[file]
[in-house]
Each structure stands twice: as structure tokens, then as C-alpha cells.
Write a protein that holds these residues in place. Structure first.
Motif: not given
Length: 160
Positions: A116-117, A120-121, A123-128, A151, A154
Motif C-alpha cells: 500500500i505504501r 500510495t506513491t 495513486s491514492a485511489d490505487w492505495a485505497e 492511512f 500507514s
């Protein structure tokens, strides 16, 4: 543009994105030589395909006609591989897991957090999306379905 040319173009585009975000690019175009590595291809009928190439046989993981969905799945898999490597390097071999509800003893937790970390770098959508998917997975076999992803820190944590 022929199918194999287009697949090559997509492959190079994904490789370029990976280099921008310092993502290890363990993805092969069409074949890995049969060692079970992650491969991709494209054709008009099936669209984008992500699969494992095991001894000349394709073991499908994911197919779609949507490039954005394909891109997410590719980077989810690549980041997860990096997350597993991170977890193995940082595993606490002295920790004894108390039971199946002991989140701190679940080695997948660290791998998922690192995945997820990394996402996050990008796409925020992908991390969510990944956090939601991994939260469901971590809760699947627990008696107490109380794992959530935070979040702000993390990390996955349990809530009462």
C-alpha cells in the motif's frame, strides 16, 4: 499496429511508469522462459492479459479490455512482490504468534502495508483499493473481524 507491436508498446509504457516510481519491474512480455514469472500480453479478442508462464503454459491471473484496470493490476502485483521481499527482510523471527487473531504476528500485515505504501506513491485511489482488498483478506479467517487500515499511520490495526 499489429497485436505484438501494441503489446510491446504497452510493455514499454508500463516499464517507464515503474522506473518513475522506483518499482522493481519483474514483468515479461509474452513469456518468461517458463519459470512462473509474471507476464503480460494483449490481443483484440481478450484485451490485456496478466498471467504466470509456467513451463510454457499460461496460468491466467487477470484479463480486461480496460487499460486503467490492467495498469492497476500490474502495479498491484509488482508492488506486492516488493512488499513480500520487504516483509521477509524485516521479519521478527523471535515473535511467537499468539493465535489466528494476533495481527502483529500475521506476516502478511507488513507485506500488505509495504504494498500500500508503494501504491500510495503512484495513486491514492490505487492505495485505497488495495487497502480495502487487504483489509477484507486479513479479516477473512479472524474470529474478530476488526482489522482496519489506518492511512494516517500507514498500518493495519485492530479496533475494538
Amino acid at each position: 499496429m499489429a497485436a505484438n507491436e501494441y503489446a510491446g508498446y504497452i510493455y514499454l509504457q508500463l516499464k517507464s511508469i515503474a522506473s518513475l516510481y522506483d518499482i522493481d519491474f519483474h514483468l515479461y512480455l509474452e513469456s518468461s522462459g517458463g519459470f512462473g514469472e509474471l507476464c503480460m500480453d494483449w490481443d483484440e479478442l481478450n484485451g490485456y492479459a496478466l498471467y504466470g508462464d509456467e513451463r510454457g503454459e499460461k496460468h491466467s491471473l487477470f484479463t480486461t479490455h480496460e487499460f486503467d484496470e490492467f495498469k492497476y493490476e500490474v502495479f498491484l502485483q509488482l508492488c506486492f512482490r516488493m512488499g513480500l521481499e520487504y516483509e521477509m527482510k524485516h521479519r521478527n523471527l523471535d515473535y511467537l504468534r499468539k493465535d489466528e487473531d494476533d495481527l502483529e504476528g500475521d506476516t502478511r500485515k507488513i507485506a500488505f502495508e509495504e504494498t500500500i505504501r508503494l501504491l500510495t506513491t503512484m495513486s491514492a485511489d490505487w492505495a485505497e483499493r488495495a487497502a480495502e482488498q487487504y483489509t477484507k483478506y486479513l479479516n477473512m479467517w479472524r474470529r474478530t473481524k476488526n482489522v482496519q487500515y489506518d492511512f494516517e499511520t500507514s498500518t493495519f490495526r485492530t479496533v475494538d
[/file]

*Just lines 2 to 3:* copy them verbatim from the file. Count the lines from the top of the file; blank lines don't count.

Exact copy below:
Each structure stands twice: as structure tokens, then as C-alpha cells.
Write a protein that holds these residues in place. Structure first.